The Voss Report
On July 17, 2021, Axel Voss, a member of the European Parliament with the conservative European People’s Party (EEP) and a legal policy spokesperson of the EPP group, published the Draft Report with Recommendations to the Commission on Responsible Private Funding of Litigation (the Voss Report). Voss has spoken out against collective redress for European consumers in the past.
The Voss Report argues for the establishment of a uniform European legal framework for TPLF, based on several arguments. Inter alia, the Voss Report fears that, while TPLF is a rapidly growing market in the EU, litigation funders are prioritizing their own profits to the detriment of plaintiffs. The profit share of funders would therefore often be disproportionately high. The Voss Report further references studies in other jurisdictions, namely Australia, in which litigation funders would not have contributed to fairer outcomes. It alleges that, under current rules, litigation funders operate in a largely opaque manner. The absence of a Union-wide legal framework would allegedly allow for forum shopping of funders and would thus undermine the internal European market.
The Voss Report however does not seriously address the relevant arguments for the policy raison d'être of TPLF (such as overcoming the rational disinterest of claimants in enforcing low value claims and helping to achieve a level playing field for plaintiffs and defendants). Furthermore, it does not take into account that, while there may be a need for a certain degree of consumer protection (which is already covered by the Collective Redress Directive), any regulation of TPLF arrangements between funders and companies may not be necessary. In light of the freedom of contract, companies should be able to unregulatedly decide whether to use TPLF and under which conditions. Because of this unbalanced approach, the Voss Report overall fails to adequately weigh the alleged need for a sensible regulatory framework and TPLF as a tool for access to justice.
Adoption by the European Parliament
Nevertheless, many of the measures proposed in the Voss Report were adopted by the European Parliament in the Resolution with Recommendations to the Commission on Responsible Private Funding of Litigation on September 13, 2022 (the Resolution). The proposal was adopted with 80% of the votes.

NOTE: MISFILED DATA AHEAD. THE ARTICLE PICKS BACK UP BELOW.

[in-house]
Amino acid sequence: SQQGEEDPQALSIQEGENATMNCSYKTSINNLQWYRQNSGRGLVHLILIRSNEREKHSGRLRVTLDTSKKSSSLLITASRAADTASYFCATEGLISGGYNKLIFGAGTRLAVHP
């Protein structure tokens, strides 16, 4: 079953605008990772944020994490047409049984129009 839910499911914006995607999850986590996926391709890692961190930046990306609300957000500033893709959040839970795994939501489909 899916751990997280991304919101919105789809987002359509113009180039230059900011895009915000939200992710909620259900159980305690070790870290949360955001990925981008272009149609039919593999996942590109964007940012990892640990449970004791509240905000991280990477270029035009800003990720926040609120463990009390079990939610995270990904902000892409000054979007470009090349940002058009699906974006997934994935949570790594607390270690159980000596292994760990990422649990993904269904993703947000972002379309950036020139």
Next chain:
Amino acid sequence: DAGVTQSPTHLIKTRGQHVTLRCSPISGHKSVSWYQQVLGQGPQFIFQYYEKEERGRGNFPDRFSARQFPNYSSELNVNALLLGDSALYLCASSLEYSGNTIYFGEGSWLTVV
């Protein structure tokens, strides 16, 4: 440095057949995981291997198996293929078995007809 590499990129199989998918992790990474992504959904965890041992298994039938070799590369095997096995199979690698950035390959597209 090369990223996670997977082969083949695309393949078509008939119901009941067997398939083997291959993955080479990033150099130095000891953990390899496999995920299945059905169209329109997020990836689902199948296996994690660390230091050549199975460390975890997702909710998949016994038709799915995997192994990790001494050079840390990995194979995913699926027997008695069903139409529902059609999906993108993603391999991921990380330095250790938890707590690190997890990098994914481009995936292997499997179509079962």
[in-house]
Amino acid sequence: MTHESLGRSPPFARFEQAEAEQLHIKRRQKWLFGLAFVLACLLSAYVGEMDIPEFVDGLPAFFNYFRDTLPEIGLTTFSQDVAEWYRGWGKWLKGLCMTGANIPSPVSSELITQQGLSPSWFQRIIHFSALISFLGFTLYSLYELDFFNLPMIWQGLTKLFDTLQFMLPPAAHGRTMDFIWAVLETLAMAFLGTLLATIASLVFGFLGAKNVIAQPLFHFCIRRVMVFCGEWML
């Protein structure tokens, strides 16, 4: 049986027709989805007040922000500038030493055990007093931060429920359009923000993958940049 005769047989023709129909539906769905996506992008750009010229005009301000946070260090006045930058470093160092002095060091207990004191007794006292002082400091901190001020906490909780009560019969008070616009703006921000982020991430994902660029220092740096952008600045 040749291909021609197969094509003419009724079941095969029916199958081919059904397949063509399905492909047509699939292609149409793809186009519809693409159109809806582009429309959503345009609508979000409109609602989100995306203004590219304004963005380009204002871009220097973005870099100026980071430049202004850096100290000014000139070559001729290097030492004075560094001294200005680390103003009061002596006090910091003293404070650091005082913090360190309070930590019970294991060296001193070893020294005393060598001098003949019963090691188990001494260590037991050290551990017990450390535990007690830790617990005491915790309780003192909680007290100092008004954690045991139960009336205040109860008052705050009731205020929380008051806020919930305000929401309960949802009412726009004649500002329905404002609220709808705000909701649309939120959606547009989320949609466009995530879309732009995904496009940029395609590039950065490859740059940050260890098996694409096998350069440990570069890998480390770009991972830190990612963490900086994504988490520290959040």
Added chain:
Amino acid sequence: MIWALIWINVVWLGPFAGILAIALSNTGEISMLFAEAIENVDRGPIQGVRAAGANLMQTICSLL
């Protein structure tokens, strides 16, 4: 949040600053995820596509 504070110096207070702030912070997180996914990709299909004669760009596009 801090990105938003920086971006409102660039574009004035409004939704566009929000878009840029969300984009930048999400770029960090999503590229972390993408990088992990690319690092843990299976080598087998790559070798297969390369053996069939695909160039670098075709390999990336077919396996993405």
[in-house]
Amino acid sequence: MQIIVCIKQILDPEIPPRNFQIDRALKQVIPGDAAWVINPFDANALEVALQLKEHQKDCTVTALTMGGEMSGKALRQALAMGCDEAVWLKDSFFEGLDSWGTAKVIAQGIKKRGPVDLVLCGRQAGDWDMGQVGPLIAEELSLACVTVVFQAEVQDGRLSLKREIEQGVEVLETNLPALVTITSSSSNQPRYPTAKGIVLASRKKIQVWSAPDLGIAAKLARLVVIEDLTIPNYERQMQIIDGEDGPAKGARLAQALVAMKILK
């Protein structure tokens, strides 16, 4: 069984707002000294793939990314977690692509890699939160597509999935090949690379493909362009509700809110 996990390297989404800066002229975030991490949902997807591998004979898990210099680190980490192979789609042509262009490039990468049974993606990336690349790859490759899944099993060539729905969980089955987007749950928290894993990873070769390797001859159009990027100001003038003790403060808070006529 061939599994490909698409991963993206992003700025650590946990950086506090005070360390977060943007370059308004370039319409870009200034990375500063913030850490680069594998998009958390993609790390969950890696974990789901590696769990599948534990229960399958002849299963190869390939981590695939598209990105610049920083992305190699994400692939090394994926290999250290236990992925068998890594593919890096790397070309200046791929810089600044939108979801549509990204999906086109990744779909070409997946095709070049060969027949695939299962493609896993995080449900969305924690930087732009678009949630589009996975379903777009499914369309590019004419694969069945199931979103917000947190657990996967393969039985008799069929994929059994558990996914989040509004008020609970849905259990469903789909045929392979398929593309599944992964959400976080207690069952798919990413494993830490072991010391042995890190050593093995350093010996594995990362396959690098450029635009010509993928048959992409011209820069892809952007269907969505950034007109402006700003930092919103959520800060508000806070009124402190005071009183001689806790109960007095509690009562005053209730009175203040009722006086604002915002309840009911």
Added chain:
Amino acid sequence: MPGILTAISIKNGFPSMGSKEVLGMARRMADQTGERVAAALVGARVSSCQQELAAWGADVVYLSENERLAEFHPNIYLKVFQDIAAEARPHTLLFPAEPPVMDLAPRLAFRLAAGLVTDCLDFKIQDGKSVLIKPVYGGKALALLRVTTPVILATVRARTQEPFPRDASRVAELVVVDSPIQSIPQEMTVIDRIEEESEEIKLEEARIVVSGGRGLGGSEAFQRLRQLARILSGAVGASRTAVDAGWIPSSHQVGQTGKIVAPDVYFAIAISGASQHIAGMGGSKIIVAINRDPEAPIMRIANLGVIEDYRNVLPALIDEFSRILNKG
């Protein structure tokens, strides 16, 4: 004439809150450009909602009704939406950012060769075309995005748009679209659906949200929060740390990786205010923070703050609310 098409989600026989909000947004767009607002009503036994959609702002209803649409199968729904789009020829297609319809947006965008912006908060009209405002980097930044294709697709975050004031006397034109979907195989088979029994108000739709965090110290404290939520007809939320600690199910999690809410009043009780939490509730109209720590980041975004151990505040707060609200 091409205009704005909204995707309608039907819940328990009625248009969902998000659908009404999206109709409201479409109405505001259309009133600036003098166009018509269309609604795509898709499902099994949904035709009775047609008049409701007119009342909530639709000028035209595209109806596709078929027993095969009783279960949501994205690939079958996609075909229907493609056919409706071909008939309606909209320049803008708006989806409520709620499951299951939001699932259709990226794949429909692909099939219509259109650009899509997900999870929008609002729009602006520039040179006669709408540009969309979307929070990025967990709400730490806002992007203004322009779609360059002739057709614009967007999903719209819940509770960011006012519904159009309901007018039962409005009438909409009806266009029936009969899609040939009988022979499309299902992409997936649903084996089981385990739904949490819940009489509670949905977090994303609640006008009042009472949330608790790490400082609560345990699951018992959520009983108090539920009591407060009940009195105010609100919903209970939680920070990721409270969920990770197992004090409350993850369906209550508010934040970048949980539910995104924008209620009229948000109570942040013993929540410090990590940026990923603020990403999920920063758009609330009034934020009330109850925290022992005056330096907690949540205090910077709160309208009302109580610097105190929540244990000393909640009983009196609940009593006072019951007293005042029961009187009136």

Compared to the Voss Report, the introductory memorandum to the Resolution shows a slightly more balanced approach. For example, while the Voss report states only perceived dangers of TPLF, the text of the Resolution explicitly stresses the advantages of TPLF. If properly regulated, TPLF could “be used more often as a tool to support access to justice,” especially in jurisdictions with high legal costs, and not least for marginalized groups with funding barriers. The Resolution also points out the prevalence of TPLF in Australia, the United States, Canada, the United Kingdom, and the Netherlands and highlights the importance of TPLF in a collective redress context, calling it a “key aspect of collective redress, which has an important cross-border dimension.” Nonetheless, the Resolution acknowledges a risk of potentially abusive TPLF practices and thus aims at creating a framework allowing for supervision and regulation of authorized litigation funders while not hindering the access to justice for claimants.
According to the Resolution, member states shall be free to allow or exclude TPLF. If they decide to admit TPLF, they shall set up a system for the registration and authorization of litigation funders. The supervisory body shall have the authority to grant or deny accreditation to litigation funders and shall review at least annually whether the conditions for the authorization are still being met.
According to the Resolution, several requirements shall be met by funders:
- The funder has to have its registered office in the member state in which it applies for authorization. It will also need to demonstrate sufficient capital for the activity sought and show that it has established adequate compliance structures. Finally, litigation funders should be required to enforce the interests of claimants in a fiduciary capacity. Once a funder is authorized in one member state, the other member states shall mutually recognize this authorization.